UN Rapporteur Urges Iran to Stop Harassing BBC Persian Staff

A UN special rapporteur on Wednesday urged Iran to stop harassing BBC employees from the Persian service after Tehran launched a criminal investigation of 152 staff for “conspiracy against national security,” BBC reports.

David Kaye, the special rapporteur on the promotion and protection of the right to freedom of opinion and expression, said he had raised concerns with the Iranian government and was awaiting a response.

“We urge the government of Iran to stop harassing the employees and the families of employees of the BBC Persian service as well as other journalists,” Kaye told a news conference at UN headquarters.

The BBC filed an urgent complaint to Kaye and to Asma Jahangir, the UN special rapporteur for human rights in Iran, over the investigation and an Iranian court order freezing the assets of BBC Persian staff. Kaye said the complaint was “very, very serious” and stressed that the journalists were “only trying to do their job – which is a job that is protected by international human rights law.”

BBC director general Tony Hall said Iran’s action was “an unprecedented collective punishment of journalists” and against fundamental human rights.

“The Iranian government is conducting what appears to be a politically motivated investigation into 152 BBC Persian staff, former staff and contributors, accusing them of conspiracy against national security in Iran,” said Tony Hall, the BBC’s director general.

Hall urged “the international community to use their own influence in Iran to persuade the authorities that this completely unacceptable treatment must end.”

The BBC complaint to the UN cites what it describes as numerous severe breaches of Iranian obligations under various international treaties to which it is signatory. Under the court order, BBC Persian staff are barred from inheriting family assets and they are prevented, as well as their families, from selling assets, such as property or even cars, in Iran. BBC Persian broadcasts news from London on TV, radio and online. It reaches an estimated audience of 18 million every week despite being banned in Iran. Like other branches of the BBC World Service , it is funded by the Foreign and Commonwealth Office rather than via the license fee.

The organization said former and serving staff members had been subject to intimidation tactics including the detention and interrogation of of relatives and friends in Iran, including children, and falsified allegations of sexual misconduct that is illegal in Iran. Those swept up in the investigation include Iranian dual nationals from Australia, Austria, Canada, France, Germany, Britain, and the United States, the BBC said.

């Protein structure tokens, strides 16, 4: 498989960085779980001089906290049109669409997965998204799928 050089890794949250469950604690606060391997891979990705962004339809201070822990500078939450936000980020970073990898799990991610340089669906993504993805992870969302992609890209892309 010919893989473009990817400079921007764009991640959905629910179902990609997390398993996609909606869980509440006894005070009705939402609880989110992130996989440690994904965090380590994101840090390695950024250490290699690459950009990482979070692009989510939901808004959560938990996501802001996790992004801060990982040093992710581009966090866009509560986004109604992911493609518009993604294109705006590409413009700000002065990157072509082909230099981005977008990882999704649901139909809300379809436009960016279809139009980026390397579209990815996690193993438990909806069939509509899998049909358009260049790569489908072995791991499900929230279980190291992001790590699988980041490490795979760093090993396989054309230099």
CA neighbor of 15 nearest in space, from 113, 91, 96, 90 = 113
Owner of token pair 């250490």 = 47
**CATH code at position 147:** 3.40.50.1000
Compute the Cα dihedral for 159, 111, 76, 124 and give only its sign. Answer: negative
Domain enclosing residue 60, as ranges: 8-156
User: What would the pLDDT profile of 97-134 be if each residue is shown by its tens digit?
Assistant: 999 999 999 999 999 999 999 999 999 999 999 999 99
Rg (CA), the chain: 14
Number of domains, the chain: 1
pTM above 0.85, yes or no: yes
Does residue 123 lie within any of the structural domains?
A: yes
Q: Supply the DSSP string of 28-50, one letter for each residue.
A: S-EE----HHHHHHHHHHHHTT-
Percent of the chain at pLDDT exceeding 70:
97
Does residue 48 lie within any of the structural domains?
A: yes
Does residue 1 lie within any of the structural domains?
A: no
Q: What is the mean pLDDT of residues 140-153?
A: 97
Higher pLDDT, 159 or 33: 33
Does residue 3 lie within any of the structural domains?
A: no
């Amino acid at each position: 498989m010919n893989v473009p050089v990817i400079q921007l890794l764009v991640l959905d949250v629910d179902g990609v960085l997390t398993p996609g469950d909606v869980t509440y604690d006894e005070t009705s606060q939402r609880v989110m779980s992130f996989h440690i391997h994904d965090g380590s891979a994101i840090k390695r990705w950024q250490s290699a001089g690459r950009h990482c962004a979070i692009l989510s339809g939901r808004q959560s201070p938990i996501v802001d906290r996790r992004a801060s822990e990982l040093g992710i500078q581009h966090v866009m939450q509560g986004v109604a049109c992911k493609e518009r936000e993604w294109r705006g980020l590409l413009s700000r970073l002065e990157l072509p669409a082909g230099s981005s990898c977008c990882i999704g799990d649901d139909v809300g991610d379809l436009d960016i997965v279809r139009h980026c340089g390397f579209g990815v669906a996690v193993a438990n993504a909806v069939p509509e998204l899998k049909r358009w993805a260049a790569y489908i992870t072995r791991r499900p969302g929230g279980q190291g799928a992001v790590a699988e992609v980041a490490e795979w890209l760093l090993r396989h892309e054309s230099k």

The Iranian Foreign Ministry was not immediately available for comment.

“We regularly raise our human rights concerns with the Iranian government, and will continue to take action to pressure Iran to make improvements on human rights and freedom of expression, including at the UN,” a Foreign Office spokesman said.

The BBC first disclosed the asset freezes in August, saying they came from a court at Tehran’s notorious Evin prison, which holds dual nationals and political detainees, among other prisoners. The court order stopped those named from selling, buying, or inheriting property and assets in the country until December 20, when the outcome of the criminal investigation is to be announced, according to the complaint.

“BBC Persian staff are unable to return to Iran as they risk arrest, interrogation, and imprisonment. Many BBC Persian staff have been separated from their families for years and, in a number of cases, were unable to see loved ones before they have died,” the complaint said.

A former BBC World Service Trust employee named Nazanin Zaghari-Ratcliffe is serving a five-year prison sentence over allegations of planning the “soft toppling” of Iran’s government while traveling there with her toddler daughter.

Zaghari-Ratcliffe, a British-Iranian woman, now works for the Thomson Reuters Foundation, the charitable arm of the news agency. She’s been threatened recently with charges that could add another 16 years to her prison sentence.